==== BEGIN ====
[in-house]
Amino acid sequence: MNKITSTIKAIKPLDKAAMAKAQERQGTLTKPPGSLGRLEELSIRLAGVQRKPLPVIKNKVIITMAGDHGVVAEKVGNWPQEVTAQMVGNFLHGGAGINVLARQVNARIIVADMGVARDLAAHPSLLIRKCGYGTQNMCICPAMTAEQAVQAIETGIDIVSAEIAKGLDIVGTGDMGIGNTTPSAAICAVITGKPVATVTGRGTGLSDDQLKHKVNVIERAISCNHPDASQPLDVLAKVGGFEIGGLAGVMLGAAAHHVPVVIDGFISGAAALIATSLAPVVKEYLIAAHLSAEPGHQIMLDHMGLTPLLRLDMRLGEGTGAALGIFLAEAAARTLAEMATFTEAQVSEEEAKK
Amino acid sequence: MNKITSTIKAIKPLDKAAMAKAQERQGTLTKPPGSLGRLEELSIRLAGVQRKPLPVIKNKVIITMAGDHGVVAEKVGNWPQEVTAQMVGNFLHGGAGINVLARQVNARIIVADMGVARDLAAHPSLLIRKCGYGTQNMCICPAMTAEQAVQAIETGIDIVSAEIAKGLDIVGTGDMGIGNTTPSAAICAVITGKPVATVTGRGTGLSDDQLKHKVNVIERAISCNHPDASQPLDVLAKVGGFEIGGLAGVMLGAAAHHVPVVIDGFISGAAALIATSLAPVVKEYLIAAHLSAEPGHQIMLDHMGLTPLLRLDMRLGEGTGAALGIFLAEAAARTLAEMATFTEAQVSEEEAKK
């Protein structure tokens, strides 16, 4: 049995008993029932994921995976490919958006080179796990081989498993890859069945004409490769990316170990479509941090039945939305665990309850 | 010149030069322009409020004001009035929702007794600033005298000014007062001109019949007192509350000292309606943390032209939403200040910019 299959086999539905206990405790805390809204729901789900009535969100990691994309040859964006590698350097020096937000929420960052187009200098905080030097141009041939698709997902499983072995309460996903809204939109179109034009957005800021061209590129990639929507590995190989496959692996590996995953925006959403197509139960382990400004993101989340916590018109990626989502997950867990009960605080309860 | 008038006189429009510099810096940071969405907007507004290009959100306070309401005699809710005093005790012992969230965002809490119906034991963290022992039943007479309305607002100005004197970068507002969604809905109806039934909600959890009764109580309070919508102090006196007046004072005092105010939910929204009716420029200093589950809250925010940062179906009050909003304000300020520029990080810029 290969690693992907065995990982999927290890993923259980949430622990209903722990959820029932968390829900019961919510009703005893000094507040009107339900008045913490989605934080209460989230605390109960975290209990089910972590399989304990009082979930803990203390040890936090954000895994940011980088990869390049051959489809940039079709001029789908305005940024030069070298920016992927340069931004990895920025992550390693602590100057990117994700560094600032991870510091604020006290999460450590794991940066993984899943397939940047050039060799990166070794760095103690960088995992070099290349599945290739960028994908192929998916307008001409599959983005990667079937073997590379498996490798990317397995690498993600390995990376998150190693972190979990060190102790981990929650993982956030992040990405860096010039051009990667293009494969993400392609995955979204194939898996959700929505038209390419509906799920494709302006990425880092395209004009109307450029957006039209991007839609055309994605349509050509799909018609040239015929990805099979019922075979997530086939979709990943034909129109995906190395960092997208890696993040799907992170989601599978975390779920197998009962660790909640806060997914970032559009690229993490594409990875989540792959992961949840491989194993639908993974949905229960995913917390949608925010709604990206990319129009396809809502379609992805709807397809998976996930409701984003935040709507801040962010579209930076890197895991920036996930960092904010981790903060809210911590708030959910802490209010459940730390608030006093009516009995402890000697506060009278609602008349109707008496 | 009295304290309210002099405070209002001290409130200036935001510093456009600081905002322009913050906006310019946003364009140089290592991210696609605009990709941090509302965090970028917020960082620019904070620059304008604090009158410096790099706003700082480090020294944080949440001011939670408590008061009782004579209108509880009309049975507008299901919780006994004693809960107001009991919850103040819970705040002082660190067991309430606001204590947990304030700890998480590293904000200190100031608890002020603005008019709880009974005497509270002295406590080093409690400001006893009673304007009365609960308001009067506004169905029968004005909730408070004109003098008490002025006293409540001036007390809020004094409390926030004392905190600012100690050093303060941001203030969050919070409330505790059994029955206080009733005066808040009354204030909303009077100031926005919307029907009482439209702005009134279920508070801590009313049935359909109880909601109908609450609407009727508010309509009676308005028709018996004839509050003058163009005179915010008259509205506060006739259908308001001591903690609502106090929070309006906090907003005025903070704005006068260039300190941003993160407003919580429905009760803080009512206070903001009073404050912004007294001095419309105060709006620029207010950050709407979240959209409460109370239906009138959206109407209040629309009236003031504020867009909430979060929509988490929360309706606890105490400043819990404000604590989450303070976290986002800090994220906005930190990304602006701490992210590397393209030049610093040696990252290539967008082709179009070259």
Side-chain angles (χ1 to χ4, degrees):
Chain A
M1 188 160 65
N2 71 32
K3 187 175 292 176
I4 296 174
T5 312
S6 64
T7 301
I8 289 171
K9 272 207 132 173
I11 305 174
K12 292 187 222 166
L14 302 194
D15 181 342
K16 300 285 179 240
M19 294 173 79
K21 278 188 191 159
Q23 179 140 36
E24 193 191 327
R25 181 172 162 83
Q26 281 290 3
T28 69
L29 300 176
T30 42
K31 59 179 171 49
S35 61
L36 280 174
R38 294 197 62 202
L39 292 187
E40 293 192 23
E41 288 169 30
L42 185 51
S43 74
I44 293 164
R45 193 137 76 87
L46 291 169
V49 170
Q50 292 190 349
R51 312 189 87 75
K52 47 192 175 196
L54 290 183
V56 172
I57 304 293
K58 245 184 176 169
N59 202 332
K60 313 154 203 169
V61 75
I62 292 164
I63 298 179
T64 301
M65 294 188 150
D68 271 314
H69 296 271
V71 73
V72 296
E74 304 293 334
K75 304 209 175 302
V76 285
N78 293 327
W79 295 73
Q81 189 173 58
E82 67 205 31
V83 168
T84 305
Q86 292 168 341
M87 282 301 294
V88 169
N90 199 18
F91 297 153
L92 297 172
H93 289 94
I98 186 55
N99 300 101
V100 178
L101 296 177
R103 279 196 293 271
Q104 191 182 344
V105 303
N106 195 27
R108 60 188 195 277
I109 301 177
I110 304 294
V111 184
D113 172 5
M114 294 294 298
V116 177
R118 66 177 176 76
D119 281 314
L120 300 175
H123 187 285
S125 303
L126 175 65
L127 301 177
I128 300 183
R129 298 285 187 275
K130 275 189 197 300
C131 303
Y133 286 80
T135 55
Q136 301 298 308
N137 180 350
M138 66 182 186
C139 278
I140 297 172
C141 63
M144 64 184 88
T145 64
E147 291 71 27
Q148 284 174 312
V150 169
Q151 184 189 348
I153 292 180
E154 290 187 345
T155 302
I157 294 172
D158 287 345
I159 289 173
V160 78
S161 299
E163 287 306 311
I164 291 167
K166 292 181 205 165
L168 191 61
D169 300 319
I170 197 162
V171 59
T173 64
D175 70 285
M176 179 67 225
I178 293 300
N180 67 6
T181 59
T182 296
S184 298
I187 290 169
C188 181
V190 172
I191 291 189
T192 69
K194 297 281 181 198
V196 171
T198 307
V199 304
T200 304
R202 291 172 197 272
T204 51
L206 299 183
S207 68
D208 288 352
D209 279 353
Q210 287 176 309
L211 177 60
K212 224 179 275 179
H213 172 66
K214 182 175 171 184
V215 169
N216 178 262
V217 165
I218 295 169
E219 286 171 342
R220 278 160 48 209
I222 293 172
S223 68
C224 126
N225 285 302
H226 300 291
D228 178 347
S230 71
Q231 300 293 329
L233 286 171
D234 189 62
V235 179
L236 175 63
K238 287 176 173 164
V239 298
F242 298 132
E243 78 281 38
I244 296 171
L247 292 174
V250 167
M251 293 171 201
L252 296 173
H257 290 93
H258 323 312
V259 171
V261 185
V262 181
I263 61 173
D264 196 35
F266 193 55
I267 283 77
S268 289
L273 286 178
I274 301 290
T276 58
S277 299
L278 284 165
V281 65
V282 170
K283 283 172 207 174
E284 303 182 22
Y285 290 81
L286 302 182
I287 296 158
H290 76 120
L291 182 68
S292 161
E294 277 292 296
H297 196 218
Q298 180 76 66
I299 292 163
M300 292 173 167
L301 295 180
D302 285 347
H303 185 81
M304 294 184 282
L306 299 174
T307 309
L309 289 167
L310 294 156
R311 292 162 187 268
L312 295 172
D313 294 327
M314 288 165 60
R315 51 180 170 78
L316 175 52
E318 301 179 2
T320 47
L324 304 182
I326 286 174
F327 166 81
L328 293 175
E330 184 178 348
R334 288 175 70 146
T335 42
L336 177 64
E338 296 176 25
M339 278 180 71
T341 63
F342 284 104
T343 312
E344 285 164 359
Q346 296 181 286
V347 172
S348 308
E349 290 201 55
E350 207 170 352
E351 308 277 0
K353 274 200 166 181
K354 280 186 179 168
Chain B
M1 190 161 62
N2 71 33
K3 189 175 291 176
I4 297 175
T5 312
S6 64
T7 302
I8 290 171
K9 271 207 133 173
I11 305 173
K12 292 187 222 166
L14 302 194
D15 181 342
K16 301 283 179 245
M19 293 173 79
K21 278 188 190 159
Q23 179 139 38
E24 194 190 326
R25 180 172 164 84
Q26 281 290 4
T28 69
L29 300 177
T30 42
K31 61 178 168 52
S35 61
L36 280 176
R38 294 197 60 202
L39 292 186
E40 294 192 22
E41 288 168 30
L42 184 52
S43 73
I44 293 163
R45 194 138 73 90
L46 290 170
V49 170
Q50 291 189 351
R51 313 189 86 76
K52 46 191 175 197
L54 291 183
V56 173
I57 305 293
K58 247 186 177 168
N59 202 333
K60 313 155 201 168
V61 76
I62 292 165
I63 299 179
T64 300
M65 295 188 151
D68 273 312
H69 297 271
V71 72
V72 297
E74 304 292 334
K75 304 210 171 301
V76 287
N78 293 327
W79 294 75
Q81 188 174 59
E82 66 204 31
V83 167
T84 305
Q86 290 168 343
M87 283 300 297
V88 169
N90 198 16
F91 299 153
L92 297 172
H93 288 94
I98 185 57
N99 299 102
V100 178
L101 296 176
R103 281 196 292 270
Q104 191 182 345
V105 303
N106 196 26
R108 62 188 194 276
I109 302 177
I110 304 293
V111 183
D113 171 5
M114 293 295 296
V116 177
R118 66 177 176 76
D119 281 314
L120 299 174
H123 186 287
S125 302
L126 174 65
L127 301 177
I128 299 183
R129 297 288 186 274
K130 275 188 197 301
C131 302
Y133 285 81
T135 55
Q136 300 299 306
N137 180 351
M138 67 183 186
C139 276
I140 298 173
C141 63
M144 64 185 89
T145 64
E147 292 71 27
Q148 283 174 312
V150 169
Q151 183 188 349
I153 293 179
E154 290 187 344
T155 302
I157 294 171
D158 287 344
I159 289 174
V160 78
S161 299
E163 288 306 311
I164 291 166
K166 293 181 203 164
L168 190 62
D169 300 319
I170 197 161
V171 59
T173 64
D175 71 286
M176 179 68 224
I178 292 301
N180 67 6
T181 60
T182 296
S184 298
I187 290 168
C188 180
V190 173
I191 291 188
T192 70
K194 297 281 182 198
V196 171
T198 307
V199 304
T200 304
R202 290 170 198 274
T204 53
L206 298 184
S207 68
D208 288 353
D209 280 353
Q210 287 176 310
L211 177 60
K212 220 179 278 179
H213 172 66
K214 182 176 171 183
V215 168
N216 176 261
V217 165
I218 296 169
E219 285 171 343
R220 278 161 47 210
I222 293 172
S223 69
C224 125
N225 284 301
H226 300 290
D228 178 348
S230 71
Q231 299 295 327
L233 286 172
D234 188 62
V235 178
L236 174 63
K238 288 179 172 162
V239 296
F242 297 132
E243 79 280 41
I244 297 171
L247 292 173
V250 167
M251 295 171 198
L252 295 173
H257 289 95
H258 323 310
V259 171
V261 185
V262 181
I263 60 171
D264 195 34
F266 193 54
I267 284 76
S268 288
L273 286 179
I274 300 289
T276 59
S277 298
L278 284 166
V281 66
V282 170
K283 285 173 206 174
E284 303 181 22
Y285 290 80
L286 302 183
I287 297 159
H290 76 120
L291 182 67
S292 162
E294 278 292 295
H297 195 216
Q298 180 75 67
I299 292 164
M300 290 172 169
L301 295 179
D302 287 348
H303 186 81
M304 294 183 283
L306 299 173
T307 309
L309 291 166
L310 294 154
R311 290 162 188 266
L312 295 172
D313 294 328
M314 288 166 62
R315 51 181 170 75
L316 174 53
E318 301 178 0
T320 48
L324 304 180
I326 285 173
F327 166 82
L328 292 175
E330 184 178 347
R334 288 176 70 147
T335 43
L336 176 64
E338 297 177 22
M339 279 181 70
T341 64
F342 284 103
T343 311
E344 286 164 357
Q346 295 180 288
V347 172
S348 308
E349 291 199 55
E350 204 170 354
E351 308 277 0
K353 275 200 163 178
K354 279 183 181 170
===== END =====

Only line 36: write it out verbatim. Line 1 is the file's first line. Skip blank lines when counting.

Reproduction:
E41 288 169 30